Well, it’s been a couple weeks since my last post. I have an excuse though (don’t be that guy with excuses). All at the same time, I finished up fire fighter recruit school (EMT is next) as well as coordinating the First Communion and Confirmation classes, while keeping up with my tennis part time job I was working before the full time Religious Education job started recently (RIGHT before the biggest time of the year…First Communion and Confirmation that is).
Now that I can breathe somewhat, there have been blogs I wanted to write during that whole time. Instead of writing blogs for each of these topics, I’m going to just briefly mention them here today:
Pews: There was one graduate theology class at Christendom College that I took that mentioned the history of pews in our Catholic Church. I was blown away to find out that it is a relatively new development just in our past 100 years. Then I was happy to find a chapter on this by Father George Rutler in one of his many books (published by Ignatius press). I believe the title is Calm in Chaos but I’m not 100 percent sure because I don’t have it in my current possession (lent it to a friend #booksYouShareYouPossessLaterInHeaven). Anyways, I was happy to find it, because I like these topics to be in printed form rather than from only a class lecture so I can read it over and over. #chewOnIt There’s a lot to the history on pews #REALLYfascinating. There’s even corruption with selling better front row seats like you would at a sports game #likeItsEntertainment. Which isn’t far from the truth as adding pews was an idea received to align more with Protestant services. It’s crazy how times have changed because not only do we have pews everywhere, but also we probably couldn’t pay most people to sit in the front now.
Receiving Communion on the Tongue: I was first blown away a few years ago at St. John the Baptist Catholic Church in Front Royal, Virginia where I noticed that EVERYONE (maybe there were a few people that I missed) received Communion on the tongue. And most of them (definitely not everyone, but most) KNELT at the moment of receiving Communion on the tongue. I immediately knew intuitively that this was beautiful. Just working for the church and the many conversations I’ve had with different opinionated catholics, including priests, that there would be people against it arguing that it’s a show, overly pious, makes other people uncomfortable, holier than thou, etc.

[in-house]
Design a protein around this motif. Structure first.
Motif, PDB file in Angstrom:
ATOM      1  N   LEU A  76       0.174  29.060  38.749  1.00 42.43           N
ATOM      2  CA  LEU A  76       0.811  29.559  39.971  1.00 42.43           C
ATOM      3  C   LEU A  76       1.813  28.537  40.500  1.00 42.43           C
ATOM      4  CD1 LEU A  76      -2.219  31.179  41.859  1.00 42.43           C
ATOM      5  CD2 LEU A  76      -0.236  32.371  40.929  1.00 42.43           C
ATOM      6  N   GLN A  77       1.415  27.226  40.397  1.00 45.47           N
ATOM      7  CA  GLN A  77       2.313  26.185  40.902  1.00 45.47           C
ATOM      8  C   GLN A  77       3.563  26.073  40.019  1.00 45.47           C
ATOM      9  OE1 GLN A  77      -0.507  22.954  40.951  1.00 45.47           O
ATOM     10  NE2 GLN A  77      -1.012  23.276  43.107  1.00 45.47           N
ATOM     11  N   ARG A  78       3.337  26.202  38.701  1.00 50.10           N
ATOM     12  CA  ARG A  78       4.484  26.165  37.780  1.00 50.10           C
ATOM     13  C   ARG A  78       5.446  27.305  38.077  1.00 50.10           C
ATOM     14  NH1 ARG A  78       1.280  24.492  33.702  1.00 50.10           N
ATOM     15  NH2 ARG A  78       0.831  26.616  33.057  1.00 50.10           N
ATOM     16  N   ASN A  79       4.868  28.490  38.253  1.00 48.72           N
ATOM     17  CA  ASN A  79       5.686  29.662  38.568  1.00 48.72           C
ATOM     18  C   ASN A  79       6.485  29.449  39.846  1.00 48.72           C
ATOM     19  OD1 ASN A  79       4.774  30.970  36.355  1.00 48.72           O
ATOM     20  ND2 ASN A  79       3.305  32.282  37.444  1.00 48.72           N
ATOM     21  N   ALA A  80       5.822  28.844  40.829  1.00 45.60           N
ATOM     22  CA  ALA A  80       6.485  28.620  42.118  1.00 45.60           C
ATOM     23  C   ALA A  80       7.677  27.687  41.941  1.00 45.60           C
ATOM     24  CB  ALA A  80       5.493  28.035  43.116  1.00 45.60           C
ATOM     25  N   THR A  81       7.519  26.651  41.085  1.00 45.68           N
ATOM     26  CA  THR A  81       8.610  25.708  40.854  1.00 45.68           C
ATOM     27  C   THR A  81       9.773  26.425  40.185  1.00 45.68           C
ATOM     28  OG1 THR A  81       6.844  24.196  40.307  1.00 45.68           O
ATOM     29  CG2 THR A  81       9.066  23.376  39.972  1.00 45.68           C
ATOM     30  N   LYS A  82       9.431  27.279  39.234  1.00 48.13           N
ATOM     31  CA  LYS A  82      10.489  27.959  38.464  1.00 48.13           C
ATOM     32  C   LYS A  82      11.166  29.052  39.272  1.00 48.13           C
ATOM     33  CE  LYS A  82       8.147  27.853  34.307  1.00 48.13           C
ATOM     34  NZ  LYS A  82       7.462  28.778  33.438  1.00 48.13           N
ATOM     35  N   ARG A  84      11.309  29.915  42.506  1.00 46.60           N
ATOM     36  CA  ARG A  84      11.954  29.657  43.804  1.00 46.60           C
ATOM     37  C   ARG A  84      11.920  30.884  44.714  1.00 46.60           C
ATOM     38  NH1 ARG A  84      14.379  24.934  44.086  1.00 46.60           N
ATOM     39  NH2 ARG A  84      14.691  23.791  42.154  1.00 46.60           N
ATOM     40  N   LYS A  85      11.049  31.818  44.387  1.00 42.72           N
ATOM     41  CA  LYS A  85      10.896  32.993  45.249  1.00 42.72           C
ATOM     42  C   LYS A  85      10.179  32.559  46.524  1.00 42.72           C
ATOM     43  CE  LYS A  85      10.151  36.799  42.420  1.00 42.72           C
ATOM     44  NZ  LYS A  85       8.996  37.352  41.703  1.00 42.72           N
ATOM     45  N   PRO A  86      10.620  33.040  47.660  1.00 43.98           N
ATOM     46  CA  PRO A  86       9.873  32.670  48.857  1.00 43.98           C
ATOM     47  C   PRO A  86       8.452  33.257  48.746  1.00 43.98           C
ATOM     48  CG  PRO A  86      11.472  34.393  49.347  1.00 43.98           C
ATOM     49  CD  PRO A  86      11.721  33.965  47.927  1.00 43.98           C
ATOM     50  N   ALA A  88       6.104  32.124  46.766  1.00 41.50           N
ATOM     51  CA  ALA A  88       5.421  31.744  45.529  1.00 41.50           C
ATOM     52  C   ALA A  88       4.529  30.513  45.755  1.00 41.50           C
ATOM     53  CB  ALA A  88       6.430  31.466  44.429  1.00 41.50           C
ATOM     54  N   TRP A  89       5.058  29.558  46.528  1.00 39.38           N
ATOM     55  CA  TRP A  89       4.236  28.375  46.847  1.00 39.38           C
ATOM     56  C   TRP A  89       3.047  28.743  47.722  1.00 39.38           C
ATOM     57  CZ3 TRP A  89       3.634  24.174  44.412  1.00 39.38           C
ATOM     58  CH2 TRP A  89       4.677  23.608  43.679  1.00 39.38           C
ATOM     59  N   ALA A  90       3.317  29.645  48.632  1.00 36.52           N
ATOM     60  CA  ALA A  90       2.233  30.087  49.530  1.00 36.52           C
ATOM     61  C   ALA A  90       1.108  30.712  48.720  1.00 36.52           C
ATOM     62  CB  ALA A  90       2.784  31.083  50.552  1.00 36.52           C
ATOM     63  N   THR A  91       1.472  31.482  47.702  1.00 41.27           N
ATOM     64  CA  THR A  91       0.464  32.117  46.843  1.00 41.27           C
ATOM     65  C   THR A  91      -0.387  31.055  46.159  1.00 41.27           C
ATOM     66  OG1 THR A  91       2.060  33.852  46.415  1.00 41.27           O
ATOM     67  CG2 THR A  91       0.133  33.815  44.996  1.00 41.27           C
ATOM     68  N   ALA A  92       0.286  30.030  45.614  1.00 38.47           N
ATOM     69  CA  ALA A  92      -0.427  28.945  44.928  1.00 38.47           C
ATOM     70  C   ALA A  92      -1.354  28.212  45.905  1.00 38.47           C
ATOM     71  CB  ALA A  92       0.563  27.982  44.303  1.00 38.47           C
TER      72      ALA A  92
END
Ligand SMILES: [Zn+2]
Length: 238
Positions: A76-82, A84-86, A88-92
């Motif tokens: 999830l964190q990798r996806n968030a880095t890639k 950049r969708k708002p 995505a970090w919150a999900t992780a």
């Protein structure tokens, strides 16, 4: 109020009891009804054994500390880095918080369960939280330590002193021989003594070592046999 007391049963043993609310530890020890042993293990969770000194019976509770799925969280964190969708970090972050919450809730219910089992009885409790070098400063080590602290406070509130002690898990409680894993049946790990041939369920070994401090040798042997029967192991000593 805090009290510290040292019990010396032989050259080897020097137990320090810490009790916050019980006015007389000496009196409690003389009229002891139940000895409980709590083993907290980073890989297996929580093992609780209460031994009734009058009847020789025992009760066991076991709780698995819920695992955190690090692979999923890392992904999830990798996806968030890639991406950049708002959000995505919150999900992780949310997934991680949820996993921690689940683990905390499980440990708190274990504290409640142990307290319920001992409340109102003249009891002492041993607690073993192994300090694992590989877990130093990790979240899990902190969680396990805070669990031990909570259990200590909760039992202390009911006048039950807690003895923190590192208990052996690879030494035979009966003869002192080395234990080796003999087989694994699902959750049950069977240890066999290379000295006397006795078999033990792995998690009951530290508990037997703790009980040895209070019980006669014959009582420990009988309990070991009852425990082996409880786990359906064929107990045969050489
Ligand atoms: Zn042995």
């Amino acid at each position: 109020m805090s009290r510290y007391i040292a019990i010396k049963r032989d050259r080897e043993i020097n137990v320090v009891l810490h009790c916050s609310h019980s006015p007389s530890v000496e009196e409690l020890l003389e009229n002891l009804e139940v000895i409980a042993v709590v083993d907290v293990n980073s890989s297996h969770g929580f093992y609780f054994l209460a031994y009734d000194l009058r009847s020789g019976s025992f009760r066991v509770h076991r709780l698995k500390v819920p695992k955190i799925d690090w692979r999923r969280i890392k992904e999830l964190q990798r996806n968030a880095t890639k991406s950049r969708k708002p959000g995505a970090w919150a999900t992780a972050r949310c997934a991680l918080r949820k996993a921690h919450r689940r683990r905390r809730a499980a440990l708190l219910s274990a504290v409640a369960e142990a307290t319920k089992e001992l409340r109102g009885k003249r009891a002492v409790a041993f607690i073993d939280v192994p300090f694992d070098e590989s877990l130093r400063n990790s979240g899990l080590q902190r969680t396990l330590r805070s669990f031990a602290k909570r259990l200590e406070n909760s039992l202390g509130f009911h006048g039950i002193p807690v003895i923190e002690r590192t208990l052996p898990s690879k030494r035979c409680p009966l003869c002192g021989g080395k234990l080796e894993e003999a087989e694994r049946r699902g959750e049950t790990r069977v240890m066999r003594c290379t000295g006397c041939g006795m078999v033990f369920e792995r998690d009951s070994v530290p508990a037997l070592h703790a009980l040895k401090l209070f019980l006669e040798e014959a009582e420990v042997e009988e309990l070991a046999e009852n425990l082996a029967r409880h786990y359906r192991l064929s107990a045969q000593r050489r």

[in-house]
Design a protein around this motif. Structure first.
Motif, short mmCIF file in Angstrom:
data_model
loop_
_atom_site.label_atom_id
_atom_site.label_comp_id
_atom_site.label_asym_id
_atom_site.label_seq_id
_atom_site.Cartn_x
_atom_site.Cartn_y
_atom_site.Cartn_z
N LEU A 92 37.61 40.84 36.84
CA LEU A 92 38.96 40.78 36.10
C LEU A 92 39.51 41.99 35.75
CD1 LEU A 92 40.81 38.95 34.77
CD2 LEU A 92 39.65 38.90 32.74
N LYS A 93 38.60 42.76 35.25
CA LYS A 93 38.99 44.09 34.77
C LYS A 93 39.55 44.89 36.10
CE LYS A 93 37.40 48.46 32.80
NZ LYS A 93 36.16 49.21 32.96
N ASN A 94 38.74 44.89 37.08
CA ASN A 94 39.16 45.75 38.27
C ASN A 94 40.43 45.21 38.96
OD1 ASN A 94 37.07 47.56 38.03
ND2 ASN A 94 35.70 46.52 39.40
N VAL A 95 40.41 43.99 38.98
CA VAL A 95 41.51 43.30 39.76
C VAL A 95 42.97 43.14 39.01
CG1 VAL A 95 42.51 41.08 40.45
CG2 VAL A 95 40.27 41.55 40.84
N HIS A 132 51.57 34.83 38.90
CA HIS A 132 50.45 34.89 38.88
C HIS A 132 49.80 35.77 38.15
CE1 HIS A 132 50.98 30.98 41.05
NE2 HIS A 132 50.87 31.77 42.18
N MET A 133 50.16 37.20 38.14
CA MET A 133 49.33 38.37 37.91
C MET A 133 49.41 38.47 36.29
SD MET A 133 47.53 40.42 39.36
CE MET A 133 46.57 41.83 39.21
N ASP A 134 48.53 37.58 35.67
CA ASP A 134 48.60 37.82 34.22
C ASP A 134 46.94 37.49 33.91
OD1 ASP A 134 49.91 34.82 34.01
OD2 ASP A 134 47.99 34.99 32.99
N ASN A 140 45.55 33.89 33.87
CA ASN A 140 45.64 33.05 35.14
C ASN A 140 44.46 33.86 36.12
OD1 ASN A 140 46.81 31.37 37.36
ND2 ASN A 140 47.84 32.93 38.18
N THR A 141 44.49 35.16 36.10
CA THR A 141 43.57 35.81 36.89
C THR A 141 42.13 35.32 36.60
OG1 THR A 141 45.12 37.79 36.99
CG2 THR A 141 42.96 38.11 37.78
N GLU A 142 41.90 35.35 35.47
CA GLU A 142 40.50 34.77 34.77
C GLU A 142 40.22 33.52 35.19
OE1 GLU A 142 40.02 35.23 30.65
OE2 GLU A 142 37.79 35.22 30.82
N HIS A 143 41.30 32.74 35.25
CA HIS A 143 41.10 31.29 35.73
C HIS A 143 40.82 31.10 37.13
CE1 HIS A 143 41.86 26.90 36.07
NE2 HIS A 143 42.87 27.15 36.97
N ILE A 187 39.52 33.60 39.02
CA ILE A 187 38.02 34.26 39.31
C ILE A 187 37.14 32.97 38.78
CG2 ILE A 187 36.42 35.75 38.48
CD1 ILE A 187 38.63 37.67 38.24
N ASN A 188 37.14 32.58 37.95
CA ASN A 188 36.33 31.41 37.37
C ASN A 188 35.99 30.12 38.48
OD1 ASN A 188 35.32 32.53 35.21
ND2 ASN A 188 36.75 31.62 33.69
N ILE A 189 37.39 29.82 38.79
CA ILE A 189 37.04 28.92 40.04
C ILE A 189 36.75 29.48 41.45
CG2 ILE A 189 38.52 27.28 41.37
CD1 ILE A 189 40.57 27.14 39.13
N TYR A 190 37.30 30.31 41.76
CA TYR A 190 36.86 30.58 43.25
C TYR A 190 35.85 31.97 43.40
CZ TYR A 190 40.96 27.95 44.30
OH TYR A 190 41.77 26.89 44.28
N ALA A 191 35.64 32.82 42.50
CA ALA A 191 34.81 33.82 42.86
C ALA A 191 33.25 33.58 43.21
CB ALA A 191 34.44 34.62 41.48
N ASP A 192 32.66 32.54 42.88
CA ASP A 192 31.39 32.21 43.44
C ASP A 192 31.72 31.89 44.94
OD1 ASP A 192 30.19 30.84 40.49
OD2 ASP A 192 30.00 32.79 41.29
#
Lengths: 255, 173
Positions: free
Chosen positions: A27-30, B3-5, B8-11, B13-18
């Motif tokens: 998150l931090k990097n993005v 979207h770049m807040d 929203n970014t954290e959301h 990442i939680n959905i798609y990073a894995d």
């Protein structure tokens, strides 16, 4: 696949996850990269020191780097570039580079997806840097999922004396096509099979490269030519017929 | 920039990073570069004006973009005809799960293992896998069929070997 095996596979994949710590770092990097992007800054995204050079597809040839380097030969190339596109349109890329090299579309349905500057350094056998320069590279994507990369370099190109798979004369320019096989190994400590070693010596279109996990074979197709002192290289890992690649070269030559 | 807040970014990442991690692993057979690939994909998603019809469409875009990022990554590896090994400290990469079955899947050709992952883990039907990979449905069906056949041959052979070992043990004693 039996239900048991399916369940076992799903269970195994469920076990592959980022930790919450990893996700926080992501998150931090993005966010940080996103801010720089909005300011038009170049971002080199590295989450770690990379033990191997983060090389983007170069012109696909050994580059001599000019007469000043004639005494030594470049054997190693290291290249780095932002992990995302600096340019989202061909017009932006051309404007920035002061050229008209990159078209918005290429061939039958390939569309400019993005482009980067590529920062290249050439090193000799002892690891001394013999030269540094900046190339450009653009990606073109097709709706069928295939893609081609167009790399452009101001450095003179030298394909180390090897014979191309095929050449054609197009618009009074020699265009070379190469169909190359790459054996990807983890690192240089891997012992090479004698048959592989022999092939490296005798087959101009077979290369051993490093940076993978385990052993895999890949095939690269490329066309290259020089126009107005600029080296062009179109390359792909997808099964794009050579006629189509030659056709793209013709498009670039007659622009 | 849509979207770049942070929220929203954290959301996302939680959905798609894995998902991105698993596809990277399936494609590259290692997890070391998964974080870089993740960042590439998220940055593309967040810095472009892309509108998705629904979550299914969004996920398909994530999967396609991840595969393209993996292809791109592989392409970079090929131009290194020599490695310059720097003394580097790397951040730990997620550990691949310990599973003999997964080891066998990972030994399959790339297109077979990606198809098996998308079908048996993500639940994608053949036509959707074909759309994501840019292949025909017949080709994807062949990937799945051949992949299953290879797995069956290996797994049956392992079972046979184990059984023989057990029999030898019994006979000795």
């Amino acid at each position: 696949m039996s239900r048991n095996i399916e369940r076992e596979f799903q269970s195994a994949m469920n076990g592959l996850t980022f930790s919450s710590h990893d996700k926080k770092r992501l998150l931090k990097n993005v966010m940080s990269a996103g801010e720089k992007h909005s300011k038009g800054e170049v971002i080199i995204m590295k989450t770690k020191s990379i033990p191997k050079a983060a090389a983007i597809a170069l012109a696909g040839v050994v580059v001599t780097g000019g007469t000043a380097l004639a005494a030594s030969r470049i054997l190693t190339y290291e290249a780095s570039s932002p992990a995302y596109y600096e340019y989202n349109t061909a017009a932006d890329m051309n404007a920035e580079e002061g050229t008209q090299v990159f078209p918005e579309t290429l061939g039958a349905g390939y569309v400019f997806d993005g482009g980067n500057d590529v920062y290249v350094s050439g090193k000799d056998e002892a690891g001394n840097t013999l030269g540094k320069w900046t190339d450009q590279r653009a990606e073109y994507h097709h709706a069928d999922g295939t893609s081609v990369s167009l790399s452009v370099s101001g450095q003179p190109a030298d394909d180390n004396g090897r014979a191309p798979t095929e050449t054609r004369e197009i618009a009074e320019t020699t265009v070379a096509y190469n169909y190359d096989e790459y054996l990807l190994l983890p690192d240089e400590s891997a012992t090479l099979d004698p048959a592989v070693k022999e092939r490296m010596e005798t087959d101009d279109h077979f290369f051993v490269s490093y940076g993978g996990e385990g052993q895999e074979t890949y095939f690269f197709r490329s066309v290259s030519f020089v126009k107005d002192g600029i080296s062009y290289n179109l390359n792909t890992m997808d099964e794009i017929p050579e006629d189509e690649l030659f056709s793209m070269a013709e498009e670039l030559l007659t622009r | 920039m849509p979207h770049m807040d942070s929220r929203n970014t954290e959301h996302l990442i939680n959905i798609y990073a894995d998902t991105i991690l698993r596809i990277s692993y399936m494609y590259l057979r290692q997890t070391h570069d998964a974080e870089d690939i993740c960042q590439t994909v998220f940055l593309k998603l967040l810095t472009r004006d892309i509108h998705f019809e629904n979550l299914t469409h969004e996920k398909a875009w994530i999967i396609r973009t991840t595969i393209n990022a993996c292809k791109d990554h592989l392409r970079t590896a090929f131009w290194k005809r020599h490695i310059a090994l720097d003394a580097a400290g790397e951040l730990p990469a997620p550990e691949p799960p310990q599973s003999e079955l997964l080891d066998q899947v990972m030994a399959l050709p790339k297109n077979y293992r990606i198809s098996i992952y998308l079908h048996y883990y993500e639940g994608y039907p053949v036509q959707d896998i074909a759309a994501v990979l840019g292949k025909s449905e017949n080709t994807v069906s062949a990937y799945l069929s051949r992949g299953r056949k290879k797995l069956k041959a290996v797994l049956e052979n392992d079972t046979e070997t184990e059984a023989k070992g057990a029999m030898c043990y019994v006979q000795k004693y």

But it makes sense logically. We’ll start with kneeling. We kneel at the moment of consecration because it’s at that moment, literally and physically Jesus. Wouldn’t it make sense to kneel at an even more intimate moment where we receive Him rather than adoring from our pews? #getRidOfThePewsThough
As for the logic of receiving on the tongue, there are many arguments. One is that we’re being fed like babies (Scripture calls us “children of God” and to be like the children to enter His kingdom) whereas receiving on the hand is an adult practice. “But Jesus said, ‘Let the children come to me, and do not hinder them; for to such belongs the kingdom of heaven.'” -Matthew 19:14
There are practical issues of the smallest particles breaking away through the extra step #smallParticleIsStillOurLord
Lastly, Martin Luther, still believing in the Real Presence even when he became Protestant, continued to receive on the tongue while kneeling. John Calvin, on the other hand, received on the hand while standing since he believed the host to only be a symbol.
Bishop Athanasius Schneider (Bishop of Central Asia #myPeople) has written extensively on this topic of receiving on the tongue while kneeling. Czech it out!
The priest at the Consecration
There’s a book entitled, The Ultimate Guide to the Latin Mass, that isn’t as ultimate as I would like it, but it is a good starter book. It is clear in there that after the words of consecration “This Is My Body”, the priest kneels TWICE. Once before elevating the host for the people, then after. Compare this with the regular English Mass where there is no kneeling beforehand. Praying about it raises the question of, “who do you put first? God or the people?”
Lastly for today, I recently read a book that put together writings and talks by Supreme Court Justice Antonin Scalia called On Faith. He was a traditional Catholic (very much from what I read in this book). The chapter on the death penalty was particularly enlightening for me. The traditional Catholic approach to the death penalty is surprising.
Antonin Scalia said:
“…two millennia of Christian teaching that retribution is a proper purpose (indeed, the principal purpose) of criminal punishment.”
I’ve heard in another book by another author arguing for the death penalty to use as a deterrent to stop further cases of murder. After all, back to Scalia, he wrote that criminals instead get,
“nice clean cells with television sets, exercise rooms, meals designed by nutritionists, and conjugal visits.”
Scalia also mentions St. Thomas More who was beheaded. In Robert Bolt’s play, St. Thomas More said to the headsman, “Friend, be not afraid of your office. You send me to God.”
I throw a lot of surface facts at ya, without making it even flow smoothly. Just hitting some of my favorite highlights. Hopefully this sparks interest for you, the reader, to look deeper into the wisdom and history of our Church. Cardinal John Henry Newman is known to have said, “To be deep in history is to cease to be Protestant.” I would add to that from my experience that to be deep in history makes you want to be a traditional Catholic. And don’t get your info from websites even though that’s what today’s blog is on #GoWithOldSchoolHardBackBooks
Going you know what,